Wisdom from Reagan during tough negotiations

In his autobiography, Ronald Reagan writes that sometimes he was willing to compromise if he could get seventy-five or eighty percent of what he wanted.

Reagan writes:

When I began entering into the give and take of legislative bargaining in Sacramento, a lot of the most radical conservatives who had supported me during the election didn't like it. "Compromise" was a dirty word to them and they wouldn't face the fact that we couldn't get all of what we wanted today. They wanted all or nothing and they wanted it all at once. If you don't get it all, some said, don't take anything. (p. 170)

I'd learned while negotiating union contracts that you seldom got everything you asked for.  And I agreed with FDR, who said in 1933: "I have no expectation of making a hit every time I come to bat. What I seek is the highest possible batting average."

If you got seventy-five or eighty percent of what you were asking for, I say, you take it and fight for the rest later, and that is what I told these radical conservatives who never got used to it. (p. 171)

Reagan's opposition came from Democrats, but it also came from his right flank, whom he calls "radical conservatives."  Unfortunately, Washington is so polarized that Trump and Ryan cannot reach out to Democrats.  Are the Freedom Caucus willing to get a percentage of what they want, or is their position 100% do or die?

James Arlandson's website is Live as Free People, where he has posted Reagan's Balanced and Reasonable Politics.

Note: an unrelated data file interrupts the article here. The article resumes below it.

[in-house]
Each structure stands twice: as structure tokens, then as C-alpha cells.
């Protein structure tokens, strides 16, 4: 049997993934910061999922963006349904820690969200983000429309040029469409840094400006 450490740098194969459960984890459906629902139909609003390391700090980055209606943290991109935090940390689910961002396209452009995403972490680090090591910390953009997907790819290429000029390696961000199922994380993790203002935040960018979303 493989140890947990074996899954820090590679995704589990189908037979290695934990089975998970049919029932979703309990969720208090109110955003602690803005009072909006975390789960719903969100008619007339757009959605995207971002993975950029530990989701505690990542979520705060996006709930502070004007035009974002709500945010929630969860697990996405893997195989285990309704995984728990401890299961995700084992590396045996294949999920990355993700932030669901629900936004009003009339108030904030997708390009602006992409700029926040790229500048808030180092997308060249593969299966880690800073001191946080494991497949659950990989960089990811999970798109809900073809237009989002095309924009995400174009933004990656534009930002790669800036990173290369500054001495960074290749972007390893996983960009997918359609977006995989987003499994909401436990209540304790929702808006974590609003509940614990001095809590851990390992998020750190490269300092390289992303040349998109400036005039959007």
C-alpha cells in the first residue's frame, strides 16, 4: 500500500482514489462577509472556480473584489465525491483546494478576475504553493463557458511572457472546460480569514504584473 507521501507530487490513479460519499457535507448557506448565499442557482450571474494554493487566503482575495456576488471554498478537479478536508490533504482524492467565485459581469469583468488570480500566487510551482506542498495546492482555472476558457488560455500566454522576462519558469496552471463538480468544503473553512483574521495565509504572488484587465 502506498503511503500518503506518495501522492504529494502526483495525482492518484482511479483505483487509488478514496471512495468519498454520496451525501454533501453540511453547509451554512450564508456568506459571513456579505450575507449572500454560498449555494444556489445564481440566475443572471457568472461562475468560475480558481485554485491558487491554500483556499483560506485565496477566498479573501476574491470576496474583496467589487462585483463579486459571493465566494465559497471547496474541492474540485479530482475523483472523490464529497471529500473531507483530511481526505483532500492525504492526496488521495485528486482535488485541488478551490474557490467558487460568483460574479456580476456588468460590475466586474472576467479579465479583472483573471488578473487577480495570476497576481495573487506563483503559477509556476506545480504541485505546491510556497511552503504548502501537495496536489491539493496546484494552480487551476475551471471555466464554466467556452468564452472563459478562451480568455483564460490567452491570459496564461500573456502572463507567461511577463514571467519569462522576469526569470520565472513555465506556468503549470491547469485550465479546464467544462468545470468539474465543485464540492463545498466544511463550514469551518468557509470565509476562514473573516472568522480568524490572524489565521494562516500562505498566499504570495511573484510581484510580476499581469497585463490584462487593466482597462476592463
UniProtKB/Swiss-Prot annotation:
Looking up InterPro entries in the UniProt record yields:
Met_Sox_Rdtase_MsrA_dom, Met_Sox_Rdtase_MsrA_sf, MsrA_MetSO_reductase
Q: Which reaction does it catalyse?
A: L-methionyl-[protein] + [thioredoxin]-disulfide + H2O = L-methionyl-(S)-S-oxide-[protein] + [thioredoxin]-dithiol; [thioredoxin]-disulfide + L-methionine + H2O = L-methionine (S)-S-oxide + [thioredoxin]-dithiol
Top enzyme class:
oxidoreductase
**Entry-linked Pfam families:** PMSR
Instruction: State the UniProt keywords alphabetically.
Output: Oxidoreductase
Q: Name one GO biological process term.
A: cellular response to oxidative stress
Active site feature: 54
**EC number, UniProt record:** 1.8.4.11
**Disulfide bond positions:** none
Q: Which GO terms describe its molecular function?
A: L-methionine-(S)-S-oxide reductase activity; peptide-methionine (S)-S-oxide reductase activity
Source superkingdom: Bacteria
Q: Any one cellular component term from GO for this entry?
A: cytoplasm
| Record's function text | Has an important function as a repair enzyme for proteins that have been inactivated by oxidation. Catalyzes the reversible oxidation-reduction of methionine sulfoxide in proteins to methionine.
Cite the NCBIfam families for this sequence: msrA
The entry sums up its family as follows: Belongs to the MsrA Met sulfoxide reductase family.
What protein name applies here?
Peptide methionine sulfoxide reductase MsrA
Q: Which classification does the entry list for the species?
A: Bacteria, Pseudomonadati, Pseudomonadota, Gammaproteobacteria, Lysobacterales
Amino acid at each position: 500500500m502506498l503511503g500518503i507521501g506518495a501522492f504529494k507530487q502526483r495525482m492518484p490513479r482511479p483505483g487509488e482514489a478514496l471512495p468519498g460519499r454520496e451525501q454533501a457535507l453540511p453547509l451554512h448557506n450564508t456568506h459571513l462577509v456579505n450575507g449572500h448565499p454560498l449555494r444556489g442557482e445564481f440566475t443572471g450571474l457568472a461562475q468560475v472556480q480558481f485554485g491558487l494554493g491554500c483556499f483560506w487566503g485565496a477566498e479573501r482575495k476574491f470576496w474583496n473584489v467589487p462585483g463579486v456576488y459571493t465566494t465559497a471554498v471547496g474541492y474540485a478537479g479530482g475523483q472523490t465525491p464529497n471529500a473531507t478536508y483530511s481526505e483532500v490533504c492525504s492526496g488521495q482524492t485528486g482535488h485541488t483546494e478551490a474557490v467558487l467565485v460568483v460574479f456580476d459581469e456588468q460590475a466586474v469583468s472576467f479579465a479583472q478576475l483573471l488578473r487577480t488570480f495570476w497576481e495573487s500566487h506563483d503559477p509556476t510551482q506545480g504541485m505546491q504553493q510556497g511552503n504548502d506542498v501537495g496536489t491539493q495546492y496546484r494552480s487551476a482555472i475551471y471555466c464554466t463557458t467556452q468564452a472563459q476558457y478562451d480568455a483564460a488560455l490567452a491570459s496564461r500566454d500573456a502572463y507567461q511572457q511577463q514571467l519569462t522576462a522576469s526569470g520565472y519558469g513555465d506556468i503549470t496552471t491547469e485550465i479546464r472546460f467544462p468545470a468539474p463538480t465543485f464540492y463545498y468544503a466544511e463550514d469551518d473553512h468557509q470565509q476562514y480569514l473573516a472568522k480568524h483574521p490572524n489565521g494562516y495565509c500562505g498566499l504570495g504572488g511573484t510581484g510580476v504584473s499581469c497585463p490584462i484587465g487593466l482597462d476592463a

In his autobiography, Ronald Reagan writes that sometimes he was willing to compromise if he could get seventy-five or eighty percent of what he wanted.

Reagan writes:

When I began entering into the give and take of legislative bargaining in Sacramento, a lot of the most radical conservatives who had supported me during the election didn't like it. "Compromise" was a dirty word to them and they wouldn't face the fact that we couldn't get all of what we wanted today. They wanted all or nothing and they wanted it all at once. If you don't get it all, some said, don't take anything. (p. 170)

I'd learned while negotiating union contracts that you seldom got everything you asked for.  And I agreed with FDR, who said in 1933: "I have no expectation of making a hit every time I come to bat. What I seek is the highest possible batting average."

If you got seventy-five or eighty percent of what you were asking for, I say, you take it and fight for the rest later, and that is what I told these radical conservatives who never got used to it. (p. 171)

Reagan's opposition came from Democrats, but it also came from his right flank, whom he calls "radical conservatives."  Unfortunately, Washington is so polarized that Trump and Ryan cannot reach out to Democrats.  Are the Freedom Caucus willing to get a percentage of what they want, or is their position 100% do or die?

James Arlandson's website is Live as Free People, where he has posted Reagan's Balanced and Reasonable Politics.